A majority of House Republicans actually supported even deeper cuts, but a measure to cut $22 billion more was defeated by a 147-281 vote on Friday, as 92 Republicans, including the entire House leadership, joined with all the Democrats to vote the amendment down.
The House Republican leadership argued that the $61 billion in cuts in current spending actually fulfilled a campaign promise to cut $100 billion, if it were compared to the spending levels proposed by the Obama administration last year but never enacted. Using the same yardstick, Senate Democrats are advocating $41 billion in cuts from the level requested by Obama, which amounts to an effective freeze in current spending levels.
Following the vote, Boehner hailed the cuts as an effort "to liberate our economy from the shackles of out-of-control spending." He claimed that "cutting federal spending is critical to reducing economic uncertainty, encouraging private-sector investment, and creating a better environment for job creation in our country."
Boehner is pandering to politically unhinged ultra-right elements, drawn largely from the upper-middle class, who view all forms of federal spending and regulation -- except for the military and police -- as tantamount to socialism. But the real driving force of the spending cuts is not the Tea Party, but Wall Street, which extracted trillions in federal subsidies for the bailout of the banks, and now is demanding that working people pay the cost.
The entire framework of the Washington "debate" over the fiscal crisis is fraudulent. Both parties, Democrats as much as Republicans, defend the interests of the super-rich and embraced the extension of the Bush tax cuts for the wealthy, carried out in the December bipartisan "compromise," which swelled the current fiscal deficit to record levels. Both endorse the gargantuan military budget, which set an all-time record last year and is expected to top $670 billion this year. And both parties and two administrations -- first Bush, then Obama -- carried out the bailout of Wall Street.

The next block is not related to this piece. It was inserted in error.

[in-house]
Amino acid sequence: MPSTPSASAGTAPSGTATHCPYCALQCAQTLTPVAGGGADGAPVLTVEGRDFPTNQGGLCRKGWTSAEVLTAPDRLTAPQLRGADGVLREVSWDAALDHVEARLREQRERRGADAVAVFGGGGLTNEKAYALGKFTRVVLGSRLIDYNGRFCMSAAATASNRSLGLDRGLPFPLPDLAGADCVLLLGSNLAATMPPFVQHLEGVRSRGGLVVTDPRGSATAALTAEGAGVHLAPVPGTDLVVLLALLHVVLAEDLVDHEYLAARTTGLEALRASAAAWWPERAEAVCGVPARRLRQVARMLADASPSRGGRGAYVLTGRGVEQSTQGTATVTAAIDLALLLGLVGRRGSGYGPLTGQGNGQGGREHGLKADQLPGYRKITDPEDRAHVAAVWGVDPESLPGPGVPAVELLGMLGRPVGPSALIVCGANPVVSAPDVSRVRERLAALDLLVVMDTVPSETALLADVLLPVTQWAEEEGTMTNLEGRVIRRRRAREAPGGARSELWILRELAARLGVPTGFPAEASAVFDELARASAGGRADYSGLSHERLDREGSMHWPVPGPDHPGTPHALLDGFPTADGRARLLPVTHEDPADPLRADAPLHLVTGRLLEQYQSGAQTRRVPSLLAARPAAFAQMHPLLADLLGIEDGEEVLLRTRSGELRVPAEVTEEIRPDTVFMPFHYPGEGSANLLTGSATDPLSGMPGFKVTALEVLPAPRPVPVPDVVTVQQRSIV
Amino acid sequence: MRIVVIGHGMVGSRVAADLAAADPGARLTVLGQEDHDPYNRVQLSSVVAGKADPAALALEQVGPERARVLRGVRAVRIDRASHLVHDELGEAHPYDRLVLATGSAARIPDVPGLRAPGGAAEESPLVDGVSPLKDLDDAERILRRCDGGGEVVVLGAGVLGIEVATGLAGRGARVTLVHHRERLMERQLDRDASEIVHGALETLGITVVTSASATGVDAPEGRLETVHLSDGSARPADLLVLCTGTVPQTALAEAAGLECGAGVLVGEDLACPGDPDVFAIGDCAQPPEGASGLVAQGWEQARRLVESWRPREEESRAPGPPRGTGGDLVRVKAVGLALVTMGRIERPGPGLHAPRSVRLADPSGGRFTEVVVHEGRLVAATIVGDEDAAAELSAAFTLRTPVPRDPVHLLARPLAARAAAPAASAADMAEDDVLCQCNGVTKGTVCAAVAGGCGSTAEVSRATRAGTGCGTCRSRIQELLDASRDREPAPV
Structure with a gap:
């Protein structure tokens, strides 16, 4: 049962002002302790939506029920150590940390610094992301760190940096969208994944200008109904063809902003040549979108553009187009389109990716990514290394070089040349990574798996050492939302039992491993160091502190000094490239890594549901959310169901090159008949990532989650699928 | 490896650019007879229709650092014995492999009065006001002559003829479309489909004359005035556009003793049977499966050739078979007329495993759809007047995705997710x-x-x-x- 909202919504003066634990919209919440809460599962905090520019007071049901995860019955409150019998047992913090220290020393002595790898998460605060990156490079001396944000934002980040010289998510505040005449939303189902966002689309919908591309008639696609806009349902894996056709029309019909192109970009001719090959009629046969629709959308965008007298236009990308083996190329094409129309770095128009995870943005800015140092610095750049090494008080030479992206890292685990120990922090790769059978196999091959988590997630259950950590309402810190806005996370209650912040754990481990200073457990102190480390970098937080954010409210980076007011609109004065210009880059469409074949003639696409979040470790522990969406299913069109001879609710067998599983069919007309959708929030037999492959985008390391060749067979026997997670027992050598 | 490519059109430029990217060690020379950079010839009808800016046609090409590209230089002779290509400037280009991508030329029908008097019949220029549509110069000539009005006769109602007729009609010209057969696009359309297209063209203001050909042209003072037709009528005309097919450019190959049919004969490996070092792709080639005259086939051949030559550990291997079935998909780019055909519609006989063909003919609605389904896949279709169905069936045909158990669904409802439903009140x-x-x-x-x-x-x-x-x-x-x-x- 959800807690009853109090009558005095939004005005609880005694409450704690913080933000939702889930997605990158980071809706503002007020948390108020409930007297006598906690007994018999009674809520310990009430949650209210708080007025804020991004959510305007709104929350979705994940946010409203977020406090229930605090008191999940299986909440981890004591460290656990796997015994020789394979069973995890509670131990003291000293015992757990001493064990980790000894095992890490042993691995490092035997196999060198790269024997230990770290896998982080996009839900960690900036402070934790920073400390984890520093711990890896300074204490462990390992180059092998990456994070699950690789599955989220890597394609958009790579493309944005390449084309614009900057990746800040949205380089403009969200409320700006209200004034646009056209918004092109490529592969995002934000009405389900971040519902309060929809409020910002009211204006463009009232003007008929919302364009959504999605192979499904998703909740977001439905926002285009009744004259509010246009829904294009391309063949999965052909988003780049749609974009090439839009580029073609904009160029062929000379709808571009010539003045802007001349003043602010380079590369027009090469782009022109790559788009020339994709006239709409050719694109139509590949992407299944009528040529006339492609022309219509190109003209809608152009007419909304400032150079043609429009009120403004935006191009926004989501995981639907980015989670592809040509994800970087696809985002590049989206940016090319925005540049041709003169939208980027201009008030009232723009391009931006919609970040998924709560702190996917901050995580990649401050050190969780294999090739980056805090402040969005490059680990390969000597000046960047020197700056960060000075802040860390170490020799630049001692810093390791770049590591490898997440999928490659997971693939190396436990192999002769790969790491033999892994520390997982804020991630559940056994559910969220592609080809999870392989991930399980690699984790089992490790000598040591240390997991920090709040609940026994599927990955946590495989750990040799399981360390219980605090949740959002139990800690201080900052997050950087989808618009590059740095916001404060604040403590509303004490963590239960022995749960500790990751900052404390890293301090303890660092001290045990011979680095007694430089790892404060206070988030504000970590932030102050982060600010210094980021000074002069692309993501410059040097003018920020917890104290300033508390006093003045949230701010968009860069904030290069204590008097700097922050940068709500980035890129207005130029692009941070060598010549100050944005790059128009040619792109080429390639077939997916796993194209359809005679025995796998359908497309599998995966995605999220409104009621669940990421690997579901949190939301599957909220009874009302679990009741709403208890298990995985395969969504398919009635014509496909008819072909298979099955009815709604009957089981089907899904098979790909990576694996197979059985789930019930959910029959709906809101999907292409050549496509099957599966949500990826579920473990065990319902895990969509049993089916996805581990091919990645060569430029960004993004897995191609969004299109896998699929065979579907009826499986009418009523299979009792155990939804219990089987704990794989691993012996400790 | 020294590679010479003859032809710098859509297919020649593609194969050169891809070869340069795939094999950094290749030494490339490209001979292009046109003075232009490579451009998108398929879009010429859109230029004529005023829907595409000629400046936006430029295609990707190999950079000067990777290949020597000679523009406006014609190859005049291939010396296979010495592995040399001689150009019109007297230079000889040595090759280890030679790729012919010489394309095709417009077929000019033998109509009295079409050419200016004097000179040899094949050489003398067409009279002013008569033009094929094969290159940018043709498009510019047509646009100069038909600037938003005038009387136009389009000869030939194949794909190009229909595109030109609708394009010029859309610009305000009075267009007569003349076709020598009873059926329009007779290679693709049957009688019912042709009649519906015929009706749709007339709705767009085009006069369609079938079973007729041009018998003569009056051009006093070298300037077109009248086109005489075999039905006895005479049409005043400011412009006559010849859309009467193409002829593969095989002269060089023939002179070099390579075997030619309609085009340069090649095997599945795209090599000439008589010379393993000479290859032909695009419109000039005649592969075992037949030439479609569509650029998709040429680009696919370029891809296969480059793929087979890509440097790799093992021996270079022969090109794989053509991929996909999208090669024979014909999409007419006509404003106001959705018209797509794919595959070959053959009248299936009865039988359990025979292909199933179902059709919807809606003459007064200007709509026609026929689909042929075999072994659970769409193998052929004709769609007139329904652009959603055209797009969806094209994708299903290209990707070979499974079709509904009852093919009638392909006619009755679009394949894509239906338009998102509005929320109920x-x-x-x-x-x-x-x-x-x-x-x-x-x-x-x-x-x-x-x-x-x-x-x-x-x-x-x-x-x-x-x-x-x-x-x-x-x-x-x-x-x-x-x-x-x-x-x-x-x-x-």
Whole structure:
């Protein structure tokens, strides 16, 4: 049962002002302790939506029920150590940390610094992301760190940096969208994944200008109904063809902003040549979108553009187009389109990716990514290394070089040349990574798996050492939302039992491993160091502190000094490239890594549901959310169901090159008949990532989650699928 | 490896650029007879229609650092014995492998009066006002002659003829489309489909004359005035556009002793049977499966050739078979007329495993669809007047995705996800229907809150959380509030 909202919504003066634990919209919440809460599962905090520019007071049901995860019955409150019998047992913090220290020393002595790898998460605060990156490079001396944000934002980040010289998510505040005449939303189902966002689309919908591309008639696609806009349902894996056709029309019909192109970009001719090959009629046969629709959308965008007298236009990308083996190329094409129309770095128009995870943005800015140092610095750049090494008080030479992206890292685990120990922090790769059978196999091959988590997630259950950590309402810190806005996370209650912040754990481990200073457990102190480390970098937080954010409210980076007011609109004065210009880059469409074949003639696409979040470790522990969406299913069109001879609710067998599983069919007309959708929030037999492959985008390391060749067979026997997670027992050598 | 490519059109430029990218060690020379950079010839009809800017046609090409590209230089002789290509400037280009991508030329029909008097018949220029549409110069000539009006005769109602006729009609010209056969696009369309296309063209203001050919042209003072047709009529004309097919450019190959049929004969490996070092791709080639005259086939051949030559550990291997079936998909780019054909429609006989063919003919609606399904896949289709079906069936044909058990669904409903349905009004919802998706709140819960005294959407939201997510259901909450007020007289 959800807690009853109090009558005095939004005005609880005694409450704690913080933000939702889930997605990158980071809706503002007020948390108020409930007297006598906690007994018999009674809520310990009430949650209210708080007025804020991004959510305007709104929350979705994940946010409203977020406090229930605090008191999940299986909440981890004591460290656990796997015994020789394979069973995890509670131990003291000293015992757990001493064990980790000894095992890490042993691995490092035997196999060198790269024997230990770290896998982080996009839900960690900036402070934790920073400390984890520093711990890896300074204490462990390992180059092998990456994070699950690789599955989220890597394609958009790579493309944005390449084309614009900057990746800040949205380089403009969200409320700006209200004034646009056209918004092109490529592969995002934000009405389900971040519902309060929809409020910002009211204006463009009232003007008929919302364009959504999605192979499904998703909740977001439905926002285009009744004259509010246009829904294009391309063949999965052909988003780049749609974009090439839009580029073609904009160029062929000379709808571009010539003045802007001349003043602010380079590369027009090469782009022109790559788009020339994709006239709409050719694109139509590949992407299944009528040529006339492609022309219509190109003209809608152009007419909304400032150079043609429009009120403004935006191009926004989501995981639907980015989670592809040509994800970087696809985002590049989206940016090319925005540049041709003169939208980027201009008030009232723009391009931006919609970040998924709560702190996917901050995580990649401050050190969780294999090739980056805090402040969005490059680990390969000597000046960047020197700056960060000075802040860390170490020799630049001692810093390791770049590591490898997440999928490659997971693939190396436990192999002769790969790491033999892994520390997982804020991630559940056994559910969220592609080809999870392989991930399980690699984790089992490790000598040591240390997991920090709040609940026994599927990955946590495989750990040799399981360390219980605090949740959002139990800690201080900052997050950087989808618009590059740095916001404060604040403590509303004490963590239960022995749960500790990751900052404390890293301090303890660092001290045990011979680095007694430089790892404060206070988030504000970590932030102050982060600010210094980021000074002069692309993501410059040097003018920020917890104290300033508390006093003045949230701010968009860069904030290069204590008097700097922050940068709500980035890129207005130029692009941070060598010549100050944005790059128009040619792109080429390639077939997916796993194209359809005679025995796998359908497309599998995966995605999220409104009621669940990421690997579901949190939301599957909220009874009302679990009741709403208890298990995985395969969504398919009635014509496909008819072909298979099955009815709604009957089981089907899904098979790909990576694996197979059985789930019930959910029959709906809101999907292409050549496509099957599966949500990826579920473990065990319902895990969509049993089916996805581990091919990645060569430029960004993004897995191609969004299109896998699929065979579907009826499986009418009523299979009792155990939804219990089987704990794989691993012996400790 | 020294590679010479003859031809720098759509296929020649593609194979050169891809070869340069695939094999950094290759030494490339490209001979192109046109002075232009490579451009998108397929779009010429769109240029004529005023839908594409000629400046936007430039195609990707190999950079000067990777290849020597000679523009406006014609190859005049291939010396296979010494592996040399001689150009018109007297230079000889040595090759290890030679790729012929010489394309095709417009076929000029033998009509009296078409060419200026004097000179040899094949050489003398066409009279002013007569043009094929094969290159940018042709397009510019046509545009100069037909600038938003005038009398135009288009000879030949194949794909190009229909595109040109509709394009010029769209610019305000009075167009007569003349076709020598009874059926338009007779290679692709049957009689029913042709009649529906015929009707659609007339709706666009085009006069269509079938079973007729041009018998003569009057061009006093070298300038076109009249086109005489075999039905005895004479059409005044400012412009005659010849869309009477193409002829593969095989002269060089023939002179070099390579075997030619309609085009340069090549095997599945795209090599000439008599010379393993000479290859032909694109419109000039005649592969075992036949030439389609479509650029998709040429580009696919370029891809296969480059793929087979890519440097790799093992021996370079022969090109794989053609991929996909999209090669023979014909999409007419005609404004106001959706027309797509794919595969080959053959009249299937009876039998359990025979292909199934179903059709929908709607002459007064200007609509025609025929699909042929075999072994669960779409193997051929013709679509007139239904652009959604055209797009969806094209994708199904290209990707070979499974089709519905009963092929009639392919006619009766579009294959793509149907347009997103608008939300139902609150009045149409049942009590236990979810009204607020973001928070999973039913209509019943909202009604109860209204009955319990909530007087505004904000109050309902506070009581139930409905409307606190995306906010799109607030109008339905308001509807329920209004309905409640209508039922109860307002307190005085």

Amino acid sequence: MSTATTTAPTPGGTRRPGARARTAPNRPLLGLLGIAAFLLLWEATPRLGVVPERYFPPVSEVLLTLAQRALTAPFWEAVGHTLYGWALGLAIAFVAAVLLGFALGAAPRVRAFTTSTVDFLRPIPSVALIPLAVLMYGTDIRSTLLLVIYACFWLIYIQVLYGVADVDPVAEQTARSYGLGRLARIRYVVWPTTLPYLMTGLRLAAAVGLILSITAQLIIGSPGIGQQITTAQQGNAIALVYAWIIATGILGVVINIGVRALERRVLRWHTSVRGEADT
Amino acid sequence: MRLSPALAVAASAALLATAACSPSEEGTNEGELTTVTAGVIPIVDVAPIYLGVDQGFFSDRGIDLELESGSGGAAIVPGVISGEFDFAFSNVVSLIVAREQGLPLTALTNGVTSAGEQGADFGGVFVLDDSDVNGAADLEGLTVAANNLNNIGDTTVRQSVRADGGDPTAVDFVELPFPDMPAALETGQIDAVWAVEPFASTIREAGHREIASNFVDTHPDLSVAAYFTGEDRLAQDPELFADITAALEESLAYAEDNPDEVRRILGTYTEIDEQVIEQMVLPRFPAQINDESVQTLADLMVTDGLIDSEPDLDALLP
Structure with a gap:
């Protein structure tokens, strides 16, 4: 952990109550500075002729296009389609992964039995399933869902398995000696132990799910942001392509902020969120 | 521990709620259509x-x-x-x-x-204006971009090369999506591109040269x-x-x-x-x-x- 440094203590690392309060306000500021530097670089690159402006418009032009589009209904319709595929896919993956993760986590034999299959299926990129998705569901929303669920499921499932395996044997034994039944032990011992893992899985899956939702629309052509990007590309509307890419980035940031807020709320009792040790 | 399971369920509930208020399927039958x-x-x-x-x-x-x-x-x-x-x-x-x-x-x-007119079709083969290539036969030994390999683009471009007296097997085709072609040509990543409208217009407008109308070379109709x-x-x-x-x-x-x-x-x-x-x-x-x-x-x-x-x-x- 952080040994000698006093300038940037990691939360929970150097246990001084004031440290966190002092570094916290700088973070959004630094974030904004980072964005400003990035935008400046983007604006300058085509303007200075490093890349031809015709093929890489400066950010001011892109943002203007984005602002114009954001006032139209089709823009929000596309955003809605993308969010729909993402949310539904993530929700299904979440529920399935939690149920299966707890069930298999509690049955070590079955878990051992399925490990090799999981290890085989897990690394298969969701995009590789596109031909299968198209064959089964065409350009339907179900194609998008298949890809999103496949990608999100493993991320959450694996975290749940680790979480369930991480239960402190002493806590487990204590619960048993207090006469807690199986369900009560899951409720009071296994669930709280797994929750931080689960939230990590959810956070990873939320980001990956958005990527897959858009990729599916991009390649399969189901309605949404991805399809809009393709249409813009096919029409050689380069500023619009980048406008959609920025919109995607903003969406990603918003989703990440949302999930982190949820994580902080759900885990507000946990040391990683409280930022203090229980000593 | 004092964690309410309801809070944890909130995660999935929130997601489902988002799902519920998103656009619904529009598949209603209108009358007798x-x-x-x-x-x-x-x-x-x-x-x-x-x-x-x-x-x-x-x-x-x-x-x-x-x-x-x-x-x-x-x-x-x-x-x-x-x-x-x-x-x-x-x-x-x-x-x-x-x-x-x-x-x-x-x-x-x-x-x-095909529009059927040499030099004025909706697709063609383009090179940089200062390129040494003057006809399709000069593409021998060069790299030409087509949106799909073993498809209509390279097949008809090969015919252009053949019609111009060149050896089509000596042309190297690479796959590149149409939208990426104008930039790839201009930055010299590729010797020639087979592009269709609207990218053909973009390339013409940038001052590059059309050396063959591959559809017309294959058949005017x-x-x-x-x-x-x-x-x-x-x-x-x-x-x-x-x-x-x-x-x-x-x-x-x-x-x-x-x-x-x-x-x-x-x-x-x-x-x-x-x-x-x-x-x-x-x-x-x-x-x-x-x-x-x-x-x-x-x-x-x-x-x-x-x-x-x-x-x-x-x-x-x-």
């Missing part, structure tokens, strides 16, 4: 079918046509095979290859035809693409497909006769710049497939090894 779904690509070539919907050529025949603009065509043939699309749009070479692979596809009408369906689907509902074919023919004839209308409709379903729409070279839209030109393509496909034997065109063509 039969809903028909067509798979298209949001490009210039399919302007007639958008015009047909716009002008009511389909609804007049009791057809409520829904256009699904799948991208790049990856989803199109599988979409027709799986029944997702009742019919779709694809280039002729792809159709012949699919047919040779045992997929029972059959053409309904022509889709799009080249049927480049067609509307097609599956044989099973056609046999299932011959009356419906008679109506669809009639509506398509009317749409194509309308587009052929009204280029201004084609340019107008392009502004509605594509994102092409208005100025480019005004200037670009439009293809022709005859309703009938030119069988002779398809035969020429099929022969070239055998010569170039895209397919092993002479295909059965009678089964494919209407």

Both Democrats and Republicans agree that spending cuts should be focused on domestic social spending programs, and their divisions are over which programs should be cut back or eliminated. The Republicans support programs that provide tax breaks and subsidies for their favored industries, especially oil, mining and agriculture, while the Democrats are seeking to defend programs that benefit urban areas, the union bureaucracy and sections of the middle class.
These differing priorities were expressed in a series of votes from Wednesday through early Saturday, as the House approved nearly 100 amendments to the package of cuts drafted by Ryan and the Budget Committee and backed by the House Republican leadership. In most cases, the amendments were proposed by ultra-right Republican congressmen sympathetic to the Tea Party movement, and targeted programs that they oppose for political rather than fiscal reasons.